Ted Sampsell-Jones was “super honored and happy” with his selection to chair the Minnesota Supreme Court’s Advisory Committee on the Minnesota Rules of Evidence.
Sampsell-Jones, a professor of law at Mitchell Hamline School of Law, has taught evidence law for nearly 15 years.
Most of his writing and research is on the subject, and he’s gained extensive litigation experience in evidence law in private practice as an appellate criminal defense attorney.
“I’ve studied the history of evidence law and the development of evidence law over the last 100 years. The creation of the rule-making process and the rules were a huge step forward. I wanted to be part of that,” Sampsell-Jones said.
The committee had been inactive since 2006 when the Supreme Court asked Sampsell-Jones to chair the revived group in 2013. The 17-member committee includes defense attorneys, prosecutors, civil practitioners, district court judges and an appeals court judge.
Sampsell-Jones drew praise for his leadership, maintaining a neutral stance and a civil atmosphere.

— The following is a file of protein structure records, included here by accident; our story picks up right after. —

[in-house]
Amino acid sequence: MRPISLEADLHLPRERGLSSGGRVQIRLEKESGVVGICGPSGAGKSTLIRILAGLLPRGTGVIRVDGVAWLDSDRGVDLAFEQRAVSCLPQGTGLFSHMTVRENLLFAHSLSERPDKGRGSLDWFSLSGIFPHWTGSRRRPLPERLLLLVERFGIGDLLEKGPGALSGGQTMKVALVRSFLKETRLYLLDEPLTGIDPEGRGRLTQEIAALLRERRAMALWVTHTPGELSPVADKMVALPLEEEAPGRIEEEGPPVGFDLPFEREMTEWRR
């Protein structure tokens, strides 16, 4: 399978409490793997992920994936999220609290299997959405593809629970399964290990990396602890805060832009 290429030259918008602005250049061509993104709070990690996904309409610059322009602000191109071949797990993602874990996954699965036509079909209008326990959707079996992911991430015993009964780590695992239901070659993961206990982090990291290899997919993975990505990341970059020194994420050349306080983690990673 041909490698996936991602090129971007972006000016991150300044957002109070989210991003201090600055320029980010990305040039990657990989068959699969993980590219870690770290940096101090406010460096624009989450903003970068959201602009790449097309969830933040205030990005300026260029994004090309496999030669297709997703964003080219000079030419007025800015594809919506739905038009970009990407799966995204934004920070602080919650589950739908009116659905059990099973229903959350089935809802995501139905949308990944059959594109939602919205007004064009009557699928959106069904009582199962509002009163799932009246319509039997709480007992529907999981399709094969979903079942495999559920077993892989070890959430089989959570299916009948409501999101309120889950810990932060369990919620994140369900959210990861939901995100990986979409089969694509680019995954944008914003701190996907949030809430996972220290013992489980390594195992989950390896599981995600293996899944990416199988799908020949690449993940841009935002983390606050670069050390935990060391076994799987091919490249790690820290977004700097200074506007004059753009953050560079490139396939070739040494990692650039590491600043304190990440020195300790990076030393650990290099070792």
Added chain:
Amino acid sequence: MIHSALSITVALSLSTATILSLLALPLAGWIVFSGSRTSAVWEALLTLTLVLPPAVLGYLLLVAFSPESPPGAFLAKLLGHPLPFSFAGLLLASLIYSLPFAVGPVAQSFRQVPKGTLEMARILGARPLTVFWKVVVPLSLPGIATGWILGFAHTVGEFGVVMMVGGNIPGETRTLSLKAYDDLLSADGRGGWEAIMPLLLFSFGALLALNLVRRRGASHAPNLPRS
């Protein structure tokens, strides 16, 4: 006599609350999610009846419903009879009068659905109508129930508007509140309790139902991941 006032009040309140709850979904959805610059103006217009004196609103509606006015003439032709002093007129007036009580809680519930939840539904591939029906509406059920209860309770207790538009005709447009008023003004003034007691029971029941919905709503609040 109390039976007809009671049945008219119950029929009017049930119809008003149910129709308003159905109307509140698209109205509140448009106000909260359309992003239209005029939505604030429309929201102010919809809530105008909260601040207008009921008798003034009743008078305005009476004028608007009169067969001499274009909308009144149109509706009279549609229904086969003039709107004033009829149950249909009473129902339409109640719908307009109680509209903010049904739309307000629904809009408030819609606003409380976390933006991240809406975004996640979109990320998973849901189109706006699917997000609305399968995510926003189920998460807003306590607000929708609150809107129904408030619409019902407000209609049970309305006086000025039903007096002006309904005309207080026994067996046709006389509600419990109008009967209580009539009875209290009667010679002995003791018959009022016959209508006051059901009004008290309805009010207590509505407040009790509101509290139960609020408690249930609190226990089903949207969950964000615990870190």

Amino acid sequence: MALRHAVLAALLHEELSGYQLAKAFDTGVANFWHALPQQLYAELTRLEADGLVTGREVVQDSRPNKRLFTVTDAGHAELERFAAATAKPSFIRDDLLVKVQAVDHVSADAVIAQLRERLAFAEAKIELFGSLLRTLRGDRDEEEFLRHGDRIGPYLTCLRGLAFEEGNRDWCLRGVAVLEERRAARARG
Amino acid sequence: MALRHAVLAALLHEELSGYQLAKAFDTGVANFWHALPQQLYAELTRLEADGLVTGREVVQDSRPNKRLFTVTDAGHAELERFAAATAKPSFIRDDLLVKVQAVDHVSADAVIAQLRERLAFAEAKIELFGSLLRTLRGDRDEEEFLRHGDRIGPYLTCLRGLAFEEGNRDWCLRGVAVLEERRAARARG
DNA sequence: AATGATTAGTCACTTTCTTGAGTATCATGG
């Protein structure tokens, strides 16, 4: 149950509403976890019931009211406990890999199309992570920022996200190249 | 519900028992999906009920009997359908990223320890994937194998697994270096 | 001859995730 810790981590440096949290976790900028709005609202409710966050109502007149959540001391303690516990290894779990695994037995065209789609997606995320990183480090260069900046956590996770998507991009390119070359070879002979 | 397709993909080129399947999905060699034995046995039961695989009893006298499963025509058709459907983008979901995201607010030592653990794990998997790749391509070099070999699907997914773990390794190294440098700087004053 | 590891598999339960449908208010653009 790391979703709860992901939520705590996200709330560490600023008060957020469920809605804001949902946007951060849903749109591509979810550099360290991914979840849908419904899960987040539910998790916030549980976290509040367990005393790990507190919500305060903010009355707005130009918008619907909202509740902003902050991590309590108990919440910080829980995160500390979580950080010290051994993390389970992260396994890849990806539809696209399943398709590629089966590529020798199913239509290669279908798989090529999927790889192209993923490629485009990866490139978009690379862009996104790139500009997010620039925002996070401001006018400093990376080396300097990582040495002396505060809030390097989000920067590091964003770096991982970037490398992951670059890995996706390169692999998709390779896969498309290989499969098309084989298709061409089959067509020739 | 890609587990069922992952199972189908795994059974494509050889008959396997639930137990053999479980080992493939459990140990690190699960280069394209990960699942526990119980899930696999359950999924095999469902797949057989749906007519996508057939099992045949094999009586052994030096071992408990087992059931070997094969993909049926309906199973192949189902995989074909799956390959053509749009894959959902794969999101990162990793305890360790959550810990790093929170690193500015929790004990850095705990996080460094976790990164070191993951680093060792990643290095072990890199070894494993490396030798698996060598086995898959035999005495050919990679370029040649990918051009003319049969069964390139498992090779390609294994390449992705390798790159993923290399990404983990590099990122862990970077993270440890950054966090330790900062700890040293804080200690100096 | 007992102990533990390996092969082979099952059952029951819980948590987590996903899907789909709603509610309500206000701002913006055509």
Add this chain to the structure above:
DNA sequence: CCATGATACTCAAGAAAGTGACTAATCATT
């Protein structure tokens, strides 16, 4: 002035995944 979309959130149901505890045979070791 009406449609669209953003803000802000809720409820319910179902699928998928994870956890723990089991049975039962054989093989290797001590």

The committee’s remarkably busy 2018 culminated in recommending changes to two major rules, those governing admission of prior bad acts under Rule 404(b) and those regarding expert testimony under Rule 702.
The Supreme Court, however, did not approve those recommendations.
“Not every reform movement succeeds,” Sampsell-Jones said. “Things will continue as they have just fine in Minnesota courts without those changes. It was a good group regardless of the result. It was a really good process to go through.”
The court more recently, though, did issue an order on eyewitness testimony evidence based on a committee report, Sampsell-Jones said.